Please…think of the kittens

The recent Tucson shootings are upsetting on many levels. For me, I went to high school with Senator Giffords, and, ironically, taught at the high school that the suspect attended. Yes, Tucson is a small town.

My first reaction was about as knee-jerk as one could get. Yes, I blame the right’s hateful, violent rhetoric. Many on the right have pointed out that the left uses violent rhetoric as well. Really? Have we all somehow missed seeing hordes of liberals showing up armed at conservative events, saying “don’t retreat, reload,” or talking about “second amendment solutions”? If it were a Republican senator in the hospital, would CNN be racing to play “blame the victim”? I don’t think so. Let’s get real.

But to get real, I think we need to look at how we got here. In 1985, Reagan’s appointee to head the FCC presided over the revocation of the Fairness Doctrine. The argument was, that by requiring holders of broadcast licenses to present controversial issues of public importance in a fair, honest, equitable, and balanced manner, the government was restricting free speech. However anyone might feel, one way or another, the repeal has led to the death of serious journalism and to the establishment of propaganda outlets for both the right and the left.

In addition, our culture has made a general move from communal experiences (movie theaters, plays, broad newspaper readership, etc.) to individual experiences (home video, internet, etc.) While I wouldn’t argue that this is itself a bad thing, quite a bit is lost–including the necessity of being exposed to ideas, and people, that one might disagree with. One can, and many do, go through life listening only to voices that amplify their own opinions.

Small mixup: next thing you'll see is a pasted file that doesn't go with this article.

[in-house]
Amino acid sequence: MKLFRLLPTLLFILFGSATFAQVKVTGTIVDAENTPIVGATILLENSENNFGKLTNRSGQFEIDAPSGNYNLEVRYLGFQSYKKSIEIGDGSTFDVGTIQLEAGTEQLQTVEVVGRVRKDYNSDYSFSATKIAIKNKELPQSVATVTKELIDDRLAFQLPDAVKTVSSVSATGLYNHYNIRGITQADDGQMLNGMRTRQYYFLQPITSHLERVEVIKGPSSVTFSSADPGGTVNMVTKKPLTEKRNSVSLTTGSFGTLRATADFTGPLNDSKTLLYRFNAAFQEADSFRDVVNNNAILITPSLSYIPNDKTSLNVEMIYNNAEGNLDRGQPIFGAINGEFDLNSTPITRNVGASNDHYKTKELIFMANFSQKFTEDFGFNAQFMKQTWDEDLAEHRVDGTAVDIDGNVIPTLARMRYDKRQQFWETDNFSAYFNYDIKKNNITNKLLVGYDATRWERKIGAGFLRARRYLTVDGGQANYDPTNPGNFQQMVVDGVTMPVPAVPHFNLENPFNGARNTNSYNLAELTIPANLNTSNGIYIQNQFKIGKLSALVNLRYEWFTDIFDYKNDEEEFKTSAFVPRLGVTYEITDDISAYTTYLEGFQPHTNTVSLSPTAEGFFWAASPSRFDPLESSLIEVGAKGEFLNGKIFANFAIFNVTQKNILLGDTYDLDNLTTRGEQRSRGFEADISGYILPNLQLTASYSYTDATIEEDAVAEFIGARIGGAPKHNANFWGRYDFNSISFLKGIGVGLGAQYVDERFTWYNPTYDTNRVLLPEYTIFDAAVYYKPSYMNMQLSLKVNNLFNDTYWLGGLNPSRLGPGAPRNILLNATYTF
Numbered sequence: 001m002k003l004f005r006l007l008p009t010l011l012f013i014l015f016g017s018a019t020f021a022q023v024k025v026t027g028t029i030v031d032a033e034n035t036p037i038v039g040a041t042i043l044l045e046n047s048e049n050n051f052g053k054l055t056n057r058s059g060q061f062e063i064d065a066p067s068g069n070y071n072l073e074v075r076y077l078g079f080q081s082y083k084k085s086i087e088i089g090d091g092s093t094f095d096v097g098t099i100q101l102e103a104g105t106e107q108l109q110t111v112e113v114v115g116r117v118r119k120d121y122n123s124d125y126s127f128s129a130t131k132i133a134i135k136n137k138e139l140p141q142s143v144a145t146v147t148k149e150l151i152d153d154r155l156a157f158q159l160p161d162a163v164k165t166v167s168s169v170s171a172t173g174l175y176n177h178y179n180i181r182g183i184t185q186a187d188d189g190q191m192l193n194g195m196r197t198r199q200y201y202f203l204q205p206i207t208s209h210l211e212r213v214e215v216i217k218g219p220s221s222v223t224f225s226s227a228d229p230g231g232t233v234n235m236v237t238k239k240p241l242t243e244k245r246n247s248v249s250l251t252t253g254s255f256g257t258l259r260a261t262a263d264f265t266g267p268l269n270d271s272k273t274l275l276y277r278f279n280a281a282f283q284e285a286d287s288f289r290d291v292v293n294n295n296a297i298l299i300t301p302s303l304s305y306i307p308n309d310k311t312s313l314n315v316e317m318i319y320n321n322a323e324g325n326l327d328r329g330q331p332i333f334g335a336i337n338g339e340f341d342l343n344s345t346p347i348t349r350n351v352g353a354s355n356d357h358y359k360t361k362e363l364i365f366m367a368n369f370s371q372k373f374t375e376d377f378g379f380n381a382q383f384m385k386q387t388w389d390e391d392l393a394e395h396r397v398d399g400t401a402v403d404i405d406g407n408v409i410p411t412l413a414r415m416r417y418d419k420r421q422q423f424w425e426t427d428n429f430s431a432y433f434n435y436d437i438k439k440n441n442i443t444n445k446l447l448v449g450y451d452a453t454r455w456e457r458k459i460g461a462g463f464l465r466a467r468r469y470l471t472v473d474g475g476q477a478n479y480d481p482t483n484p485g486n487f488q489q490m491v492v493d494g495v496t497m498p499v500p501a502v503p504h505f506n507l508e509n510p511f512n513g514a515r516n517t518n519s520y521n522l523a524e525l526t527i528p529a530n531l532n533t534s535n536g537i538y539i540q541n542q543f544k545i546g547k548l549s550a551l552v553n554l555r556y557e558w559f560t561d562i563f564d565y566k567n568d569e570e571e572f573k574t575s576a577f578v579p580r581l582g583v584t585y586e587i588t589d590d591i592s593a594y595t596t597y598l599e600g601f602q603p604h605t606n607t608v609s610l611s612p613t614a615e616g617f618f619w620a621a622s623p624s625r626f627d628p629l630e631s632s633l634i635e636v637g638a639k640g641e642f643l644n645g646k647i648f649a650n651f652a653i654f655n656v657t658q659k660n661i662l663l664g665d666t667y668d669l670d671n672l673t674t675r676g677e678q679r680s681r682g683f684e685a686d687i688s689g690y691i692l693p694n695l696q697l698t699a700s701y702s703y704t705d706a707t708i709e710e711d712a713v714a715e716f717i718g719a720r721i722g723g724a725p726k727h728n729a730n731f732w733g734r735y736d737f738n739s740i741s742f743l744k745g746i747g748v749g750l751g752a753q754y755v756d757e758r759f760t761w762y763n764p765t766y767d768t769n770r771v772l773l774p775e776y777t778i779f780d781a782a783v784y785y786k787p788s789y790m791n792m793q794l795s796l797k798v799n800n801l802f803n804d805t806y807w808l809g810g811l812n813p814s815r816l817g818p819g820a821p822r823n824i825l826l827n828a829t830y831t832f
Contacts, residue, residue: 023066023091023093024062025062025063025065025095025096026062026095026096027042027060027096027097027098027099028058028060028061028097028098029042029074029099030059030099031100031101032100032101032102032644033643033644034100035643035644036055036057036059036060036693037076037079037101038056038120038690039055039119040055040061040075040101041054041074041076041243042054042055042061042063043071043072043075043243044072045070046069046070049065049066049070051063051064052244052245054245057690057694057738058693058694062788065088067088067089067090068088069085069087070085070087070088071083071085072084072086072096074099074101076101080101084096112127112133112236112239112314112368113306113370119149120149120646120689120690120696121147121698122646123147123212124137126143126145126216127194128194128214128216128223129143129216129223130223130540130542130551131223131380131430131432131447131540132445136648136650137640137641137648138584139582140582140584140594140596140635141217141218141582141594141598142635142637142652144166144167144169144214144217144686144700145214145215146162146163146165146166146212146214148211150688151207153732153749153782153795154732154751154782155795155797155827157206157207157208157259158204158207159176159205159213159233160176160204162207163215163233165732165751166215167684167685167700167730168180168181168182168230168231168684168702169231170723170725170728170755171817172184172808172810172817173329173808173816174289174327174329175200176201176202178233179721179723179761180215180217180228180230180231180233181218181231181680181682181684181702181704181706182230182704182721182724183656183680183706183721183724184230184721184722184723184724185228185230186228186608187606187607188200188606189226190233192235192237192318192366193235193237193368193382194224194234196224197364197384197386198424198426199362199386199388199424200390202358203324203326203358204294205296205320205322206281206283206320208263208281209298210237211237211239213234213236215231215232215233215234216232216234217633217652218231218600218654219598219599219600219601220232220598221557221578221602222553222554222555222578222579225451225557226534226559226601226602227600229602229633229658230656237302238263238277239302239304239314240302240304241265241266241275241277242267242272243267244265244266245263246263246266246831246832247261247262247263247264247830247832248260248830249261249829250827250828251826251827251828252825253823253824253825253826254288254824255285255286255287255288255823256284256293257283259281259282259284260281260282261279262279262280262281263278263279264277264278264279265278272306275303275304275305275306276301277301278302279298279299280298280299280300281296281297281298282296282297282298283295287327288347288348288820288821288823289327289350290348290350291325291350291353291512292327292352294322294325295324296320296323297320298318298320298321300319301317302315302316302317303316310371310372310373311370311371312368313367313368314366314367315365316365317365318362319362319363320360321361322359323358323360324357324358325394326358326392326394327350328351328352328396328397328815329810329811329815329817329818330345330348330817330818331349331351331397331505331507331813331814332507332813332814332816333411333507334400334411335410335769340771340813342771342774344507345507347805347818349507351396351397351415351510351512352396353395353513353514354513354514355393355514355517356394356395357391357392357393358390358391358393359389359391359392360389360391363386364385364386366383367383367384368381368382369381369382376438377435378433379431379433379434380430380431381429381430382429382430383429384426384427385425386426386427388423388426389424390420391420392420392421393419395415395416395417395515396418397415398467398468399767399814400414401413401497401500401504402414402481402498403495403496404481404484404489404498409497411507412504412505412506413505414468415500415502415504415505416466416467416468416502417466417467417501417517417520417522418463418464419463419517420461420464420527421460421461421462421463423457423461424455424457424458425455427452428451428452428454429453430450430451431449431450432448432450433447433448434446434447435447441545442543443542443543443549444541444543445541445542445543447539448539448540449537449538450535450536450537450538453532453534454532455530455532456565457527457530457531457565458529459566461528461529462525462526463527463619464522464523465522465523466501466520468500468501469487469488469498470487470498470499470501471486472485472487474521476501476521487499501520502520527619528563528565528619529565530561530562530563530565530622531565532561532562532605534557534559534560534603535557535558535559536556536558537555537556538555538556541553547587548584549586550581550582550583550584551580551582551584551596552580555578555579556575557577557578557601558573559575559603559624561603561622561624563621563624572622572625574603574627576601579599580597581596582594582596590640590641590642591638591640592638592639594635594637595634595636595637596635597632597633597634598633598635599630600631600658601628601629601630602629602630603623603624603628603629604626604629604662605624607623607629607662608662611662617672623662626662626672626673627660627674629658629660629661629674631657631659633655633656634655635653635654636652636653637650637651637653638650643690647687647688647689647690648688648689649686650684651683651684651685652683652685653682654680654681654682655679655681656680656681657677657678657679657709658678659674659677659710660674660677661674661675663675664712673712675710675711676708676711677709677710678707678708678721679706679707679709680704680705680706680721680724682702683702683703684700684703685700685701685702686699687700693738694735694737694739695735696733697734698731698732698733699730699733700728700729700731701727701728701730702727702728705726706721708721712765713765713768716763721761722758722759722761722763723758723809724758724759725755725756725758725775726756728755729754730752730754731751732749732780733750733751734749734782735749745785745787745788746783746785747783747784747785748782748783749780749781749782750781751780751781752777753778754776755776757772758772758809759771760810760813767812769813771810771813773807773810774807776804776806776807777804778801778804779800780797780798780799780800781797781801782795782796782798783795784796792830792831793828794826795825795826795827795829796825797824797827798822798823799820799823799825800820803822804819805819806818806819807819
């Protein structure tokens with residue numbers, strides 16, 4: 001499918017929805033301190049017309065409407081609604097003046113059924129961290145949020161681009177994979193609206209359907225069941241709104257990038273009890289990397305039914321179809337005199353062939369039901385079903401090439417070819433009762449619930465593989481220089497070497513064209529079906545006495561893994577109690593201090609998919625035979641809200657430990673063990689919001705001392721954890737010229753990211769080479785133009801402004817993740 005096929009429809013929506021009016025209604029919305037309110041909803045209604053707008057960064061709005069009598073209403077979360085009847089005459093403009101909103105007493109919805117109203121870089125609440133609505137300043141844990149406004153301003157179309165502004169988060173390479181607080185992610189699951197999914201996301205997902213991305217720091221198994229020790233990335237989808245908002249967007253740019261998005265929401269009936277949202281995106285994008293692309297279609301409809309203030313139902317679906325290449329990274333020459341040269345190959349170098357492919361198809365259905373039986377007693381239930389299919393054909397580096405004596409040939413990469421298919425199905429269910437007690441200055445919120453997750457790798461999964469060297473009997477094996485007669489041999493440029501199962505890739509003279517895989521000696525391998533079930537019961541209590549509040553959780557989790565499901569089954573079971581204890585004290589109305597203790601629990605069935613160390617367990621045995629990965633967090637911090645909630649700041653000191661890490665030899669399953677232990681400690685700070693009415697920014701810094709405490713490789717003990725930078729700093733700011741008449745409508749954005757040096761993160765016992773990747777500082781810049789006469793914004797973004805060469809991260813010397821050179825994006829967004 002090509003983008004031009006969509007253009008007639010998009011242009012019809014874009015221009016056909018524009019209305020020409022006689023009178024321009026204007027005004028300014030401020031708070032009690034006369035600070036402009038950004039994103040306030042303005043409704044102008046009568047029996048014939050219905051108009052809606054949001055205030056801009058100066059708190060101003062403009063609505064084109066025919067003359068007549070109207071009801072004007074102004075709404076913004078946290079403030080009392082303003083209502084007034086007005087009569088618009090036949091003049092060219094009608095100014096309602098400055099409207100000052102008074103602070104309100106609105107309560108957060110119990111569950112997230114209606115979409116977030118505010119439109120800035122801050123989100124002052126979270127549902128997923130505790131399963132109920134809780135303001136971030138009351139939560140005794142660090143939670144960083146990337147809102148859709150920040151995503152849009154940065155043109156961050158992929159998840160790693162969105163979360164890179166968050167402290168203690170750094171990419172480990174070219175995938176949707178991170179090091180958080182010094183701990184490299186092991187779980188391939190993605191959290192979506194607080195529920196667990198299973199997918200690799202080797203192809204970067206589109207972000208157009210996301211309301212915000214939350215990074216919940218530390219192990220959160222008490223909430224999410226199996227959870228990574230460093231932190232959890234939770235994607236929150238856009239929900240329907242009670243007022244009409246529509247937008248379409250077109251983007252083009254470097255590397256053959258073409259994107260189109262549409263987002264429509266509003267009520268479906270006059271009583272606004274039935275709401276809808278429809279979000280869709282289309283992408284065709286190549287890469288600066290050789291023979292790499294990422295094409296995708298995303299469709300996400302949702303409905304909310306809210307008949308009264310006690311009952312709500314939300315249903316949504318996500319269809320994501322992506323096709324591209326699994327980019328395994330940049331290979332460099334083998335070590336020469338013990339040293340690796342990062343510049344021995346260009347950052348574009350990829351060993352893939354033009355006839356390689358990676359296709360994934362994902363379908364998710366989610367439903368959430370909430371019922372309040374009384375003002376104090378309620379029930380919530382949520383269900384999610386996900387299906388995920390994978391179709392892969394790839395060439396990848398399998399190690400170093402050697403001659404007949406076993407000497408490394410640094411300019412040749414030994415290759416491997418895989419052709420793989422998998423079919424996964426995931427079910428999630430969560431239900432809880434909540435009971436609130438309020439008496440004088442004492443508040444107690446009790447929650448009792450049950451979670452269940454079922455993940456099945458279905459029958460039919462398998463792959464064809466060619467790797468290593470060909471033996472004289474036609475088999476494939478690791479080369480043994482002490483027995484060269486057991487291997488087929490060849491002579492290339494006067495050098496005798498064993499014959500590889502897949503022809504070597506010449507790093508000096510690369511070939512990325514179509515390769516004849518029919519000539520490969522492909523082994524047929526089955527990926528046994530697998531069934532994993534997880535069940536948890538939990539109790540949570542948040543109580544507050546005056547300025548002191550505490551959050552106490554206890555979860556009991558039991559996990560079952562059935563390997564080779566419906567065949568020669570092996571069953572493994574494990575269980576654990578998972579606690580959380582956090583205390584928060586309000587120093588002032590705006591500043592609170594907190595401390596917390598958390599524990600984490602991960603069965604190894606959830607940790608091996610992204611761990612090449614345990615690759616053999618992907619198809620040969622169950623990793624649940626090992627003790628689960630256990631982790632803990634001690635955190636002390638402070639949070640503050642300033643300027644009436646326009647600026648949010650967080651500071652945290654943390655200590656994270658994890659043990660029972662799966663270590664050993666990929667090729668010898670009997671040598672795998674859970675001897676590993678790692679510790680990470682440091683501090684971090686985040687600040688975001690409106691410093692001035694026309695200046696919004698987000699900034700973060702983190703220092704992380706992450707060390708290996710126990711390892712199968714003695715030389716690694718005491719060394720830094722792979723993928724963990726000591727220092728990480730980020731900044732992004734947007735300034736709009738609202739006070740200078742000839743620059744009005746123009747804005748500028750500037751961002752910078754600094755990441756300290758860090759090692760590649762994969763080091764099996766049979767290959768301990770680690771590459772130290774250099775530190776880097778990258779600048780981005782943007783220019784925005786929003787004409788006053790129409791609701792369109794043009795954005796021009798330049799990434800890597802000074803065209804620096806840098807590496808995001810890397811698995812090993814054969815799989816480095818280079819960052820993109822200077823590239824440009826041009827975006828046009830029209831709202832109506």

Is it any wonder, then, that people on both sides feel as if they’re fighting an uphill battle against The Forces of Darkness? Fear sells, probably better than sex does. And both sides are cultivating fear, building specific opinion sets, and setting one side up against the other. Because everyone loves the drama and the spectacle. Drama and spectacle bring the viewers, and viewers buy the advertisers’ products.

But the hatemongering has gone too far. I truly believe that most people are reasonable. Most people want the same things: somewhere to live, someone to love, something fulfilling to do. They want to be free to live their lives according to the dictates of their consciences. They want their families to be safe and provided for.

But to read from the scripts, the right are violent, uneducated gun-nuts bent on theocratic dictatorship, and the left are interfering, muddle-headed peaceniks bent on communist dictatorship. The window dressing is different, but underneath it’s all so depressingly similar.

Can we turn off the mass media voices? Tune into opposing viewpoints once in a while? Is it too late to turn to people across the aisle with a smile, a handshake, and the assumption that everyone is trying to do the best they can?

If we can’t think of each other, can’t someone think of the kittens?

Published by jfaraday

Jess Faraday is an award-winning author of historical suspense.

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